Often, a dispensary offers a discount to a patient, who then lists it as his or her "primary caregiver." A patient may possess up to 2 ounces of pot or six plants for personal use, and a dispensary may have on hand 2 ounces of pot per patient.

A dispensary may provide a grower with its patient list; a grower may house six plants per patient.

Dispensaries, however, are far more than smoking dens. Marijuana is bought and sold in an array of edible forms, such as caramel corn made with marijuana-laced butter, chocolate-covered cherries, rice cake treats and frozen pizzas.

Mile High Ice Cream in Denver makes dozens of flavors with marijuana. There are bottled soft drinks, pills and tinctures.

Dispensaries also sell routine and advanced drug paraphernalia, including pipes, lighters, scented candles and smokeless "delivery systems" called vaporizers, the latter of which can cost several hundred dollars apiece.

Many dispensaries have expanded to offer massage, acupuncture and other alternative healing methods, usually arranging patient appointments and providing operating space for a practitioner.

There's even an industry trade group, the Colorado Wellness Association, formed in October 2009, whose public affairs officer is a former state senator, Bob Hagedorn.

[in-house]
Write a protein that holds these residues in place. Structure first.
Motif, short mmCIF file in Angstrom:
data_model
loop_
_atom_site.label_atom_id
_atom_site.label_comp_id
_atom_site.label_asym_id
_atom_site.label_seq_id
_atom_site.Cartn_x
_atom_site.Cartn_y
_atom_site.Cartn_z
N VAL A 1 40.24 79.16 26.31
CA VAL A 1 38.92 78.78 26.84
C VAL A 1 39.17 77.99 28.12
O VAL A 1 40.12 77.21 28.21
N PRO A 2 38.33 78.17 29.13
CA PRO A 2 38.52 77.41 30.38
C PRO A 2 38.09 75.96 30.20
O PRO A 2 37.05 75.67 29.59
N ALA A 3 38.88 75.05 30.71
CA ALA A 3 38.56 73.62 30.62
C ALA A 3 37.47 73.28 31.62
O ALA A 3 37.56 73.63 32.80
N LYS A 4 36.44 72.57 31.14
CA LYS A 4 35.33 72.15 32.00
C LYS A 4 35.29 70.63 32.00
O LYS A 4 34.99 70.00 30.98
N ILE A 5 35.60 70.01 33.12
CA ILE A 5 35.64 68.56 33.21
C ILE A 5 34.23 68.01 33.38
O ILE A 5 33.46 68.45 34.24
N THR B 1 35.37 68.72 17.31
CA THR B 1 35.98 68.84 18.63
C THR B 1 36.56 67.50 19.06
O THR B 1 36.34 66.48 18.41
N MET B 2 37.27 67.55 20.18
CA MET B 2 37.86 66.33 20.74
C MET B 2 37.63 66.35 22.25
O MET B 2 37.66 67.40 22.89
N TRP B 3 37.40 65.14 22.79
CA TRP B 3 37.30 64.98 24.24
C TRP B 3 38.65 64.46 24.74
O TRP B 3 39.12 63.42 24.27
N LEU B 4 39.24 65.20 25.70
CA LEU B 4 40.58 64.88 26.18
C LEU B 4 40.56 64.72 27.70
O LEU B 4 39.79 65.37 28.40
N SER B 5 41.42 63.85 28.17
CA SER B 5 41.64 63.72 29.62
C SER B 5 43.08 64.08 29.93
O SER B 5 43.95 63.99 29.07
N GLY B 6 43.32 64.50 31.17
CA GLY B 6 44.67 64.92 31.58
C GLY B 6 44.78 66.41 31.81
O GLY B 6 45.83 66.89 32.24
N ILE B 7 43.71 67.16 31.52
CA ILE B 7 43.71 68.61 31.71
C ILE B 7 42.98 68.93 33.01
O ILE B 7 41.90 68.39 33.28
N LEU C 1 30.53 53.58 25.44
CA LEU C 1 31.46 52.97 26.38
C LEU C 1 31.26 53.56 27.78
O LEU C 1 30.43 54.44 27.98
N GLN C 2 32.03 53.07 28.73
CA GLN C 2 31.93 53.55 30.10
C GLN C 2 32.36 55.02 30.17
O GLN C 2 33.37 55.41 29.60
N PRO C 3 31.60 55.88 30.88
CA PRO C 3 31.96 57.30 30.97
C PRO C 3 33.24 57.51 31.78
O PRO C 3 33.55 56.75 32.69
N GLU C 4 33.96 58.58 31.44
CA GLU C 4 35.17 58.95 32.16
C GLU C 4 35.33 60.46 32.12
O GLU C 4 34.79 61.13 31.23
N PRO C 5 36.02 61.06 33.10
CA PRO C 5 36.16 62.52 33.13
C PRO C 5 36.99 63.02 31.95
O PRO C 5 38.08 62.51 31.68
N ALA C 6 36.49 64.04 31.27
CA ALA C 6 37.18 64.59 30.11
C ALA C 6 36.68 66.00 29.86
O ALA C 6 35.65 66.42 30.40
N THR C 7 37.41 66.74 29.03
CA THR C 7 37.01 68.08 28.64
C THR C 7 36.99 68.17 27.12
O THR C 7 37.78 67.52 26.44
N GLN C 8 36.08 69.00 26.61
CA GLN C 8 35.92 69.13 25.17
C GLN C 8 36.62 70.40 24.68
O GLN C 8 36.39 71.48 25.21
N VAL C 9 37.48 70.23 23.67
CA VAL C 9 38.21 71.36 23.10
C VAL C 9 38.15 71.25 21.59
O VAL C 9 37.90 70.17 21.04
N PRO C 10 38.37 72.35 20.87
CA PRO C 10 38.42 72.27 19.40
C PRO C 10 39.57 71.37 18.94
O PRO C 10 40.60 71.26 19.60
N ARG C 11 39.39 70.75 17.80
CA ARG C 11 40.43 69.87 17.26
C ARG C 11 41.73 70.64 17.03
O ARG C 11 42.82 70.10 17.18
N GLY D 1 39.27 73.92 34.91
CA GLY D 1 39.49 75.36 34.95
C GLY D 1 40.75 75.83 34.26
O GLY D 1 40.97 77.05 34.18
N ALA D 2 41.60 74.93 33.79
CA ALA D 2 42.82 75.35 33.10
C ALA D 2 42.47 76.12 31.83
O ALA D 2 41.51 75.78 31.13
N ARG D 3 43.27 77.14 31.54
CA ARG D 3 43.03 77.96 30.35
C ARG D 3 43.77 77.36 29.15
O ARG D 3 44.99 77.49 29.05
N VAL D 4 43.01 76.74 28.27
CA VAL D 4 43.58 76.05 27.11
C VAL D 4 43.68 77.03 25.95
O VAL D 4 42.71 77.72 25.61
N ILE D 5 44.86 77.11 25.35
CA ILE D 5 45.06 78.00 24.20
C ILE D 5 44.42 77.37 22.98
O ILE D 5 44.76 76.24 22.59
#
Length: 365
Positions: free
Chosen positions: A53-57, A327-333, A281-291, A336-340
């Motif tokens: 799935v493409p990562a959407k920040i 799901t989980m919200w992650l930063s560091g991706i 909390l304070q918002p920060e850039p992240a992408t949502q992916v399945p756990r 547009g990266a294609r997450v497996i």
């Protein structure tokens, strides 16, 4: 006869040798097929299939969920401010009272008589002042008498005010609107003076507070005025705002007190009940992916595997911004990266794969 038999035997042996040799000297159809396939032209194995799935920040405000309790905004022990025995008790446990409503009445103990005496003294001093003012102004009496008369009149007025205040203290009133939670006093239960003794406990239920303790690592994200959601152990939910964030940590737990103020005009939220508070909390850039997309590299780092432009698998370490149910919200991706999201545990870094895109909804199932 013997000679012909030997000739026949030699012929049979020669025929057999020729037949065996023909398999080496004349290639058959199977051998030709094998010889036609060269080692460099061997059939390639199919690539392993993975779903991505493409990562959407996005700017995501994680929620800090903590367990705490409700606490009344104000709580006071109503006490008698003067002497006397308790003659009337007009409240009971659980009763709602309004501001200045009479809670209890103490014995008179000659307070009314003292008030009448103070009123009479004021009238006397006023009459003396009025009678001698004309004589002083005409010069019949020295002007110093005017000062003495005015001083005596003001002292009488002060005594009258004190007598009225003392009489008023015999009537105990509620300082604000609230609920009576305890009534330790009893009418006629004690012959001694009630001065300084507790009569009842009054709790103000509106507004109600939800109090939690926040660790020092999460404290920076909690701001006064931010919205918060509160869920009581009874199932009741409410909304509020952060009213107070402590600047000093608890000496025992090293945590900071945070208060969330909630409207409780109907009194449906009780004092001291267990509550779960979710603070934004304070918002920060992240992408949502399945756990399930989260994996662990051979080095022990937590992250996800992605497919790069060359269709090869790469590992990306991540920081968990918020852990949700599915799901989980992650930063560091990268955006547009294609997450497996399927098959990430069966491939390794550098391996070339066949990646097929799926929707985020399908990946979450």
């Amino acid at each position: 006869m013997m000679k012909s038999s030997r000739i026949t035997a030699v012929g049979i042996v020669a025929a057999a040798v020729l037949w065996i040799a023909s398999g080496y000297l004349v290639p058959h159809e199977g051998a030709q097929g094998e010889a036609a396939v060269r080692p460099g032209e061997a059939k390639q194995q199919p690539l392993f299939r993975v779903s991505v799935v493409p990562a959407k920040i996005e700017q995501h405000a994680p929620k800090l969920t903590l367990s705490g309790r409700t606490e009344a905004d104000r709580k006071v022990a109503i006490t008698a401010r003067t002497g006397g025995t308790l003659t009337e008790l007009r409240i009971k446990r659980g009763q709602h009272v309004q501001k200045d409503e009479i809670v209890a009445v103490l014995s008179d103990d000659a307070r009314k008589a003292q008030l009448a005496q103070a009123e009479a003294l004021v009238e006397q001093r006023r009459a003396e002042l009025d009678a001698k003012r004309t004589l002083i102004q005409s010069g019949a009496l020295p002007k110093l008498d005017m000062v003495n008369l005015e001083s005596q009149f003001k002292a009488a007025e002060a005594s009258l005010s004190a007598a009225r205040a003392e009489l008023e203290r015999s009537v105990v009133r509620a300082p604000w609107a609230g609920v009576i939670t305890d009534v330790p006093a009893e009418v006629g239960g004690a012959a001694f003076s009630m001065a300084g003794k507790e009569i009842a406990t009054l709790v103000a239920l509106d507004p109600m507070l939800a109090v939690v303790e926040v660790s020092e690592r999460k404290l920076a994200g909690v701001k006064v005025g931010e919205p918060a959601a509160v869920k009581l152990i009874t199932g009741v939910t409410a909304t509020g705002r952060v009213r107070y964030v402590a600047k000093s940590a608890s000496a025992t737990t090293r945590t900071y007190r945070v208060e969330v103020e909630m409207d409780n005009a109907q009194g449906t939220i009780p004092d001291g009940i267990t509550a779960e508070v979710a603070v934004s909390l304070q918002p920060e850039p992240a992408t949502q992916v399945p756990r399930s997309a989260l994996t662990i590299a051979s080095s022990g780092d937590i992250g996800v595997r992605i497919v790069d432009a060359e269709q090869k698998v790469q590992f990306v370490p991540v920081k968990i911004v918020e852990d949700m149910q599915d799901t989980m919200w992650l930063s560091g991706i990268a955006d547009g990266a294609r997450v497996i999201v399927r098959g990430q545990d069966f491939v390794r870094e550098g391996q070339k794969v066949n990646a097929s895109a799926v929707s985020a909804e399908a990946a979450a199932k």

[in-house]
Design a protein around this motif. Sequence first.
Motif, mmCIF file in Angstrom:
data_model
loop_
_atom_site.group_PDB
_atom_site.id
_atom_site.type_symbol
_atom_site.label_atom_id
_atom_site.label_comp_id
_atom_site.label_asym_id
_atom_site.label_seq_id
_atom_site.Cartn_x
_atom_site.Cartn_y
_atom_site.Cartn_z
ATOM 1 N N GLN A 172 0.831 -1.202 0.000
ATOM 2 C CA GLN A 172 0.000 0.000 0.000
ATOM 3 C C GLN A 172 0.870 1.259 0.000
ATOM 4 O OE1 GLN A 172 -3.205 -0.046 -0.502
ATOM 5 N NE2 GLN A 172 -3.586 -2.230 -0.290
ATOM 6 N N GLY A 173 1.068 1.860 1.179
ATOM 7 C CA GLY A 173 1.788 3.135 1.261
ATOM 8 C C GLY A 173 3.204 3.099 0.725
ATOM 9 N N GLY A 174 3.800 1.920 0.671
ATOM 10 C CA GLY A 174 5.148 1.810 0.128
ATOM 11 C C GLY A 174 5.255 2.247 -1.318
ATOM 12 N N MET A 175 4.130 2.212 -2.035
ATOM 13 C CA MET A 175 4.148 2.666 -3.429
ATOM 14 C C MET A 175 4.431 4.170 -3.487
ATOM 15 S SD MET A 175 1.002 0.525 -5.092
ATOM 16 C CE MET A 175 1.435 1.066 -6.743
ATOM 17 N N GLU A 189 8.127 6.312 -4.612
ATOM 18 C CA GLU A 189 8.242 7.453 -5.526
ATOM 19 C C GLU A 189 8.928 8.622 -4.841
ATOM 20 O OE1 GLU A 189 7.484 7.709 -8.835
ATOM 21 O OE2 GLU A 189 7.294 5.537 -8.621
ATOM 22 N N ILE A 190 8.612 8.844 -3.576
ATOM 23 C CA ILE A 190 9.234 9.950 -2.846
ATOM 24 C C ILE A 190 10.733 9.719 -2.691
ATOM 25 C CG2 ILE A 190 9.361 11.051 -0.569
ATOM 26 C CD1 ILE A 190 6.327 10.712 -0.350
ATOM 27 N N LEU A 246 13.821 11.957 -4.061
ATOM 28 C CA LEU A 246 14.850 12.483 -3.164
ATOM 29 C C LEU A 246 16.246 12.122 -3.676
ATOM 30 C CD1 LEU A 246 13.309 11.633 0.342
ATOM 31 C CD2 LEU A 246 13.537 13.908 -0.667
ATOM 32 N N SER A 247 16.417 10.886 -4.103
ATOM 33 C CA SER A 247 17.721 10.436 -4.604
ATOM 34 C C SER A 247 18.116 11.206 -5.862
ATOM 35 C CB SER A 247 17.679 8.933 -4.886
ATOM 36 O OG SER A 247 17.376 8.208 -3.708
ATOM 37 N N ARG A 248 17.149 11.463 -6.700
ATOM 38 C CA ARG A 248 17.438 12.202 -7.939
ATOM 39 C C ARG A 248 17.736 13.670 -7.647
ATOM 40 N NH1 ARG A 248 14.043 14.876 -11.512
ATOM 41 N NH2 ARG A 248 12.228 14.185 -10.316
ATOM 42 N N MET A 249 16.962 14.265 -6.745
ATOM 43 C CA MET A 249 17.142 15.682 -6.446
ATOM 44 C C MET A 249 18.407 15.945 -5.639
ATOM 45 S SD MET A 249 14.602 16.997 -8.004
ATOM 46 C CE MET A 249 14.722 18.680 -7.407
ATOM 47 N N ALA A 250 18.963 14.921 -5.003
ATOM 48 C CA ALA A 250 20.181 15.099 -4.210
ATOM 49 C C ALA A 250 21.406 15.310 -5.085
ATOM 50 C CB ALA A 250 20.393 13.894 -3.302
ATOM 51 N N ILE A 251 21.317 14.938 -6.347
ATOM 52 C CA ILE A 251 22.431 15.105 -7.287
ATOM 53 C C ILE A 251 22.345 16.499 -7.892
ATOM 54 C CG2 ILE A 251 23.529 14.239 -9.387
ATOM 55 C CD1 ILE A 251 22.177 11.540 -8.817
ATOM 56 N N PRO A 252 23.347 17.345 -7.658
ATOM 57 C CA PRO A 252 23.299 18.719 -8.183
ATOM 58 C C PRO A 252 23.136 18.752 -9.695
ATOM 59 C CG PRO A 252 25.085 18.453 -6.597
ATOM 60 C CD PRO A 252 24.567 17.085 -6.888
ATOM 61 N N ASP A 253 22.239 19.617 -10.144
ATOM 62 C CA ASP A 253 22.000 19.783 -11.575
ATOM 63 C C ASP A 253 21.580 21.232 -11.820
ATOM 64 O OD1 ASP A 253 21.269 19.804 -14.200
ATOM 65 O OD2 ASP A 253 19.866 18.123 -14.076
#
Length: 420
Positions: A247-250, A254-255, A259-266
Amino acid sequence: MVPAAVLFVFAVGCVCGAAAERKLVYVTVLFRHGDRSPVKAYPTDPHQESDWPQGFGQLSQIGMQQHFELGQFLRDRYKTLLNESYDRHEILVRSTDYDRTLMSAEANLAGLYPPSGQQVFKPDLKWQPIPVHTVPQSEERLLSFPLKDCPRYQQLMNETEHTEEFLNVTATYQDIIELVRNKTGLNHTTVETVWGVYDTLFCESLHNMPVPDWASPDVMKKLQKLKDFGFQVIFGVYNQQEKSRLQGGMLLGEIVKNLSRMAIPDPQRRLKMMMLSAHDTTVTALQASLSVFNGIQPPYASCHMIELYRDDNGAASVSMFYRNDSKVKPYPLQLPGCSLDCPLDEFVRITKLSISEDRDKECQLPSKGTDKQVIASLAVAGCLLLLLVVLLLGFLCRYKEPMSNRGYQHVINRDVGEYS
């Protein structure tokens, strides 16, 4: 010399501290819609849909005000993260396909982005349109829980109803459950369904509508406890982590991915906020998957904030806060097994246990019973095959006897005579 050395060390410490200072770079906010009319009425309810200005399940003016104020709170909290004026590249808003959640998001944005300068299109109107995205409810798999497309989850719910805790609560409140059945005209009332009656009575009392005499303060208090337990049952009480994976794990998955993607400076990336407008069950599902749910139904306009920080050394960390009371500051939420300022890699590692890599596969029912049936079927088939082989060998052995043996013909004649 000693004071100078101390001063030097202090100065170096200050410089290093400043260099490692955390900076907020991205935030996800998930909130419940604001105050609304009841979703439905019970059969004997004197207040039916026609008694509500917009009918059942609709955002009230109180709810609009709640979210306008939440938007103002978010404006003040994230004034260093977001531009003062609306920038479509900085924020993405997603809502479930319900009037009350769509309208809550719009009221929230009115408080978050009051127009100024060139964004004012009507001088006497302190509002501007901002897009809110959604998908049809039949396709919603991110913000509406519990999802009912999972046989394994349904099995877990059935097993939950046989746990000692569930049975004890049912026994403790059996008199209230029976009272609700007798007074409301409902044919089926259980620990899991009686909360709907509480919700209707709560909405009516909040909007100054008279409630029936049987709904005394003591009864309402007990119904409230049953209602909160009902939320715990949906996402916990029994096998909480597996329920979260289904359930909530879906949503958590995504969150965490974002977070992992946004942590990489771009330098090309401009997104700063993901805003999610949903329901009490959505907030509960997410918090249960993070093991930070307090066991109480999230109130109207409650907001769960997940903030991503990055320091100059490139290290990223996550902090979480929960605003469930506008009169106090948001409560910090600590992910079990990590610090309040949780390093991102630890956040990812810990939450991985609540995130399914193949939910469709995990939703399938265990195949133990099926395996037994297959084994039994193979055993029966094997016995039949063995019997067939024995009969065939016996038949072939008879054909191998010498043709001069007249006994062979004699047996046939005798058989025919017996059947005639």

"I've visited about 80 dispensaries in the Denver metro area," Hagedorn said. "I'd say 10% are very serious about the wellness side of things. Fifty percent are interested in moving product. The other 40% is a balance of those two."

- read the full story here

Medical Marijuana Bills Will Harm Patients

source: Cannabis Therapy Institute

Colorado Medical Marijuana Licensing to be Run by "Auditors with Guns"

State Licenses Will Cost $50,000/year

{Denver} -- There are now two law enforcement bills working their way
through the Colorado state legislature that would seriously harm medical
marijuana patients and their caregivers in Colorado. Both of these bills
have seen strong support from legislators, both Democrats and Republicans.

Law enforcement bill #1 (SB109) would destroy the confidentiality of the
Registry by allowing the government to use patient records to determine
"suspicious" activity by physicians. It allocates over $1 million of
patient registration fees to prosecute these "suspicious" physicians.

The bill's sponsor, Senator Chris Romer (D-Denver), promised the Cannabis
Therapy Institute repeatedly that he would use patient registration fees to
create 24/7 access for law enforcement to the Registry so that police could
confirm whether a patient was legal after business hours and on weekends.
This has been the #1 patient concern for years and would prevent many
patients from being arrested and taken to jail simply because the Registry
offices were closed. Instead, Romer wants to use patient fees to prosecute
those patients' physicians, allowing unprecedented access to the formerly
confidential Registry.